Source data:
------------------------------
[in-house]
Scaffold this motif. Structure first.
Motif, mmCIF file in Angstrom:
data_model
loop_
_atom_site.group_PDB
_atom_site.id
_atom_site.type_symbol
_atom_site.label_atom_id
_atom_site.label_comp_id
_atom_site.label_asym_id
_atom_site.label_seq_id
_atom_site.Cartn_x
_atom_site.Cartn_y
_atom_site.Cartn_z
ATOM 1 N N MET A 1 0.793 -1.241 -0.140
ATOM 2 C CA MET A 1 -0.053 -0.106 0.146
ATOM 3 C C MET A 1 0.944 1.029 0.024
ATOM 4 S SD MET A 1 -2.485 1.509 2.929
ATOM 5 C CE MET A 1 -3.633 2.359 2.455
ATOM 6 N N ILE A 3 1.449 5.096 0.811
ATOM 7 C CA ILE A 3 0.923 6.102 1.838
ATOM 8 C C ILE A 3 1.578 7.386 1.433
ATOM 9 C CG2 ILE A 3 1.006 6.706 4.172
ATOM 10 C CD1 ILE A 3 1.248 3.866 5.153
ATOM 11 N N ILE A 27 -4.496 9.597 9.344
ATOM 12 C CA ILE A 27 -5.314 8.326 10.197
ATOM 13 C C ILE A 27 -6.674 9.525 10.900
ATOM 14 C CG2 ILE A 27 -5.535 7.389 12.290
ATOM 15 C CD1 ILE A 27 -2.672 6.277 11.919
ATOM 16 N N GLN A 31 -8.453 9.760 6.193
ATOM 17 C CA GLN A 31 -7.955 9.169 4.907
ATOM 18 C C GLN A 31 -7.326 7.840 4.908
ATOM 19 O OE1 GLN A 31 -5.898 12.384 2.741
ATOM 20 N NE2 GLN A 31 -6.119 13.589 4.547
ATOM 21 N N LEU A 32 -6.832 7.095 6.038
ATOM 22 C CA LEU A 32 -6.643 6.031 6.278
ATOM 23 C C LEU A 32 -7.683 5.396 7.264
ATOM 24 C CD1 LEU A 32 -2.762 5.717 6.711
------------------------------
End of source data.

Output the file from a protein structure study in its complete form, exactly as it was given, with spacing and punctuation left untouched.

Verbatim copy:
[in-house]
Scaffold this motif. Structure first.
Motif, mmCIF file in Angstrom:
data_model
loop_
_atom_site.group_PDB
_atom_site.id
_atom_site.type_symbol
_atom_site.label_atom_id
_atom_site.label_comp_id
_atom_site.label_asym_id
_atom_site.label_seq_id
_atom_site.Cartn_x
_atom_site.Cartn_y
_atom_site.Cartn_z
ATOM 1 N N MET A 1 0.793 -1.241 -0.140
ATOM 2 C CA MET A 1 -0.053 -0.106 0.146
ATOM 3 C C MET A 1 0.944 1.029 0.024
ATOM 4 S SD MET A 1 -2.485 1.509 2.929
ATOM 5 C CE MET A 1 -3.633 2.359 2.455
ATOM 6 N N ILE A 3 1.449 5.096 0.811
ATOM 7 C CA ILE A 3 0.923 6.102 1.838
ATOM 8 C C ILE A 3 1.578 7.386 1.433
ATOM 9 C CG2 ILE A 3 1.006 6.706 4.172
ATOM 10 C CD1 ILE A 3 1.248 3.866 5.153
ATOM 11 N N ILE A 27 -4.496 9.597 9.344
ATOM 12 C CA ILE A 27 -5.314 8.326 10.197
ATOM 13 C C ILE A 27 -6.674 9.525 10.900
ATOM 14 C CG2 ILE A 27 -5.535 7.389 12.290
ATOM 15 C CD1 ILE A 27 -2.672 6.277 11.919
ATOM 16 N N GLN A 31 -8.453 9.760 6.193
ATOM 17 C CA GLN A 31 -7.955 9.169 4.907
ATOM 18 C C GLN A 31 -7.326 7.840 4.908
ATOM 19 O OE1 GLN A 31 -5.898 12.384 2.741
ATOM 20 N NE2 GLN A 31 -6.119 13.589 4.547
ATOM 21 N N LEU A 32 -6.832 7.095 6.038
ATOM 22 C CA LEU A 32 -6.643 6.031 6.278
ATOM 23 C C LEU A 32 -7.683 5.396 7.264
ATOM 24 C CD1 LEU A 32 -2.762 5.717 6.711